Biotechnology Healthcare - June 2009 - (Page 35)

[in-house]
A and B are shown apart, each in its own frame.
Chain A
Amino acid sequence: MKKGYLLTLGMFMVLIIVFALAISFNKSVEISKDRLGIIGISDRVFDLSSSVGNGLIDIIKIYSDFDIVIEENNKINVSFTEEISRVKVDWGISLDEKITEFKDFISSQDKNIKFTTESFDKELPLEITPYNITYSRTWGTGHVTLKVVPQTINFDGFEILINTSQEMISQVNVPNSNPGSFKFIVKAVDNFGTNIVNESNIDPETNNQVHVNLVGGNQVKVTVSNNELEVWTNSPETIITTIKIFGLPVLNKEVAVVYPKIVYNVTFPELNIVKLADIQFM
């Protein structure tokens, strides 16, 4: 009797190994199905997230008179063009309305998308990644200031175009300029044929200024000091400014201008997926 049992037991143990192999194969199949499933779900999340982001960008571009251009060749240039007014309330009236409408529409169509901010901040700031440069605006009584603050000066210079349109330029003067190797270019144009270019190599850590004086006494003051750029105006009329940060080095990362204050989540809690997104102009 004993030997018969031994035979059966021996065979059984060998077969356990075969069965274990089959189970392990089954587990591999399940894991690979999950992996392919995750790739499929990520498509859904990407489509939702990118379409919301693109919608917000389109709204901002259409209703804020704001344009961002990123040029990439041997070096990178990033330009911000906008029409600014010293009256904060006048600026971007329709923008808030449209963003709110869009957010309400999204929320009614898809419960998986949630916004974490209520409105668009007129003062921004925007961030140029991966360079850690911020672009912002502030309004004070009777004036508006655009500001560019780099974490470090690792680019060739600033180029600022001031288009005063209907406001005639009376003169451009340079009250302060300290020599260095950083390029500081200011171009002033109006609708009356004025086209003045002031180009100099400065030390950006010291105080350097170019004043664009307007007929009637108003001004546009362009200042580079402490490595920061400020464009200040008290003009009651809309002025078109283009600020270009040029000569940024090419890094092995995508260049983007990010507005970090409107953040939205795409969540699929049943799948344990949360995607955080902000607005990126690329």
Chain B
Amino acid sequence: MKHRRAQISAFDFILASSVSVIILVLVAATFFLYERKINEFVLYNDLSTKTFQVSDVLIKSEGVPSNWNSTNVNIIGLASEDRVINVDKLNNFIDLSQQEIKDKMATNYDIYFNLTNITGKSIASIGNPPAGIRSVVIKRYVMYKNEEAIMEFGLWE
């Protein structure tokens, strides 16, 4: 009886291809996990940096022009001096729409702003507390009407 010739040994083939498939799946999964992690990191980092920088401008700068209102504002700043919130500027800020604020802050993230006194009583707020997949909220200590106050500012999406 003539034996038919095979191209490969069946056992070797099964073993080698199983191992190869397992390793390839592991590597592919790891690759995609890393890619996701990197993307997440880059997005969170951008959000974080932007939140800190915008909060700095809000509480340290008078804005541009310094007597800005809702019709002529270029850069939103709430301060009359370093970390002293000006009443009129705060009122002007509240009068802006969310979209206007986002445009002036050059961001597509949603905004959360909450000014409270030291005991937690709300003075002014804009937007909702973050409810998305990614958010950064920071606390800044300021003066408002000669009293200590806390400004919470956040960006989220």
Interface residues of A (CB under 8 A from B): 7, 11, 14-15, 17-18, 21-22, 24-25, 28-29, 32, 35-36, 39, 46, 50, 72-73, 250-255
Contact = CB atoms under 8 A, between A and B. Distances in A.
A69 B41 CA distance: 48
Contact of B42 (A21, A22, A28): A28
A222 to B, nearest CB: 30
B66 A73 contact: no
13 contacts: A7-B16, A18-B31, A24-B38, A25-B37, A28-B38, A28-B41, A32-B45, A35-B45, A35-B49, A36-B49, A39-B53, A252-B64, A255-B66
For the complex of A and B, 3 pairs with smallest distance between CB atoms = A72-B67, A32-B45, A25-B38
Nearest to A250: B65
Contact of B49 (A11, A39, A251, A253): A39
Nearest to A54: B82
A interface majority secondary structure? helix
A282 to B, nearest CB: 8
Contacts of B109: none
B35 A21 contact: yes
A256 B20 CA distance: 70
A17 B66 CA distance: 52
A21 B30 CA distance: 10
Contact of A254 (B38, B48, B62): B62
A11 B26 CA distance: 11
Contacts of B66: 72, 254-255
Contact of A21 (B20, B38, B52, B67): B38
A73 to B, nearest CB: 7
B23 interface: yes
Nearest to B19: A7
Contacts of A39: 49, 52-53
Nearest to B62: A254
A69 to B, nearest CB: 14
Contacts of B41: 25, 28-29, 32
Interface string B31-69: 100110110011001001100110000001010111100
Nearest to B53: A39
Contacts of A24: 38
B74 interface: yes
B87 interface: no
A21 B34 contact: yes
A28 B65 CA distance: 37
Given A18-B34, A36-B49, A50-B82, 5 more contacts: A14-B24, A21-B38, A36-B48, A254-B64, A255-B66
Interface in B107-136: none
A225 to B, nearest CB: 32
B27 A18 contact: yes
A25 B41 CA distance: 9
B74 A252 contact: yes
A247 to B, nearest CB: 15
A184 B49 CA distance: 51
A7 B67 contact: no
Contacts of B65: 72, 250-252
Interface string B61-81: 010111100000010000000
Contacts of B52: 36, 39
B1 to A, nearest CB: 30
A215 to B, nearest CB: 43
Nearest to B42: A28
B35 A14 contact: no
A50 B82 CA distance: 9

Rethinking Comparative Effectiveness Research Opponents to the new CER legislation are raising red flags, warning about a one-size-fits-all treatment approach and the rationing of healthcare. But Dr. Donald Berwick, president and CEO of the Institute for Healthcare Improvement, says to look at which interventions are effective — but not what they cost — is irrational and simply bad policy. An Interview With Dr. Donald Berwick, President and CEO, Institute for Healthcare Improvement C omparative effectiveness research on a national basis is now a reality. In March, the United States Department of Health and Human Services, one of three government agencies that received CER funds under the American Recovery and Reinvestment Act of 2009 — the other two were the National Institutes of Health and the Agency for Healthcare Research and Quality — named the 15 members of the new Federal Coordinating Council for Comparative Effectiveness Research. The Council is already holding public listening sessions on how to use CER to reduce ineffective and costly medical treatments. As many predicted, having a federal agency evaluate the comparative effectiveness of prescription drugs, biologic and other targeted therapies, and medical treatments is raising hackles in the healthcare industry. Opponents have initiated a massive campaign to eliminate or water down many of the legislative provisions. Katherine T. Adams, senior editor of Biotechnology Healthcare, recently spoke with Dr. Donald Berwick, president and CEO of the Institute for Healthcare Improvement, about the value of CER — and whether it will help rein in the runaway healthcare costs in this country. Their interview begins on the following page. JUNE 2009 · BIOTECHNOLOGY HEALTHCARE 35
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